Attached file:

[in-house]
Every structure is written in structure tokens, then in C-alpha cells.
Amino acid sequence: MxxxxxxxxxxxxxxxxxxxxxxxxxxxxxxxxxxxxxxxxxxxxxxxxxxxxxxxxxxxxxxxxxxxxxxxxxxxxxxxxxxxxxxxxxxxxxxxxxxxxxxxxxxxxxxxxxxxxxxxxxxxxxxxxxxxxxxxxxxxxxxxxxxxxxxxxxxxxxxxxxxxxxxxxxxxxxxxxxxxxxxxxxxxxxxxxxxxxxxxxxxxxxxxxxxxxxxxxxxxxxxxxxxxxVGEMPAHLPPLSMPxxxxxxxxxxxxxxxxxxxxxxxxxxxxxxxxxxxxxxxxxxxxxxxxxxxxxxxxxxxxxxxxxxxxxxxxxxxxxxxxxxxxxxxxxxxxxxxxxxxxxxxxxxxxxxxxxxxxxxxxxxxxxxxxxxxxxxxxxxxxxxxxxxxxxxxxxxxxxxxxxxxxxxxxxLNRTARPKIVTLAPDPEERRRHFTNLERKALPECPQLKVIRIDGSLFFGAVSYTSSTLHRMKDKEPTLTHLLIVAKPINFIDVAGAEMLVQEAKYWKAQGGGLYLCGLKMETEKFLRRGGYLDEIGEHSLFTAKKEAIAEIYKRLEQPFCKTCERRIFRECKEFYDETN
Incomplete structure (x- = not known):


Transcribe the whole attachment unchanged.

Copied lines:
[in-house]
Every structure is written in structure tokens, then in C-alpha cells.
Amino acid sequence: MxxxxxxxxxxxxxxxxxxxxxxxxxxxxxxxxxxxxxxxxxxxxxxxxxxxxxxxxxxxxxxxxxxxxxxxxxxxxxxxxxxxxxxxxxxxxxxxxxxxxxxxxxxxxxxxxxxxxxxxxxxxxxxxxxxxxxxxxxxxxxxxxxxxxxxxxxxxxxxxxxxxxxxxxxxxxxxxxxxxxxxxxxxxxxxxxxxxxxxxxxxxxxxxxxxxxxxxxxxxxxxxxxxxxVGEMPAHLPPLSMPxxxxxxxxxxxxxxxxxxxxxxxxxxxxxxxxxxxxxxxxxxxxxxxxxxxxxxxxxxxxxxxxxxxxxxxxxxxxxxxxxxxxxxxxxxxxxxxxxxxxxxxxxxxxxxxxxxxxxxxxxxxxxxxxxxxxxxxxxxxxxxxxxxxxxxxxxxxxxxxxxxxxxxxxxLNRTARPKIVTLAPDPEERRRHFTNLERKALPECPQLKVIRIDGSLFFGAVSYTSSTLHRMKDKEPTLTHLLIVAKPINFIDVAGAEMLVQEAKYWKAQGGGLYLCGLKMETEKFLRRGGYLDEIGEHSLFTAKKEAIAEIYKRLEQPFCKTCERRIFRECKEFYDETN
Incomplete structure (x- = not known):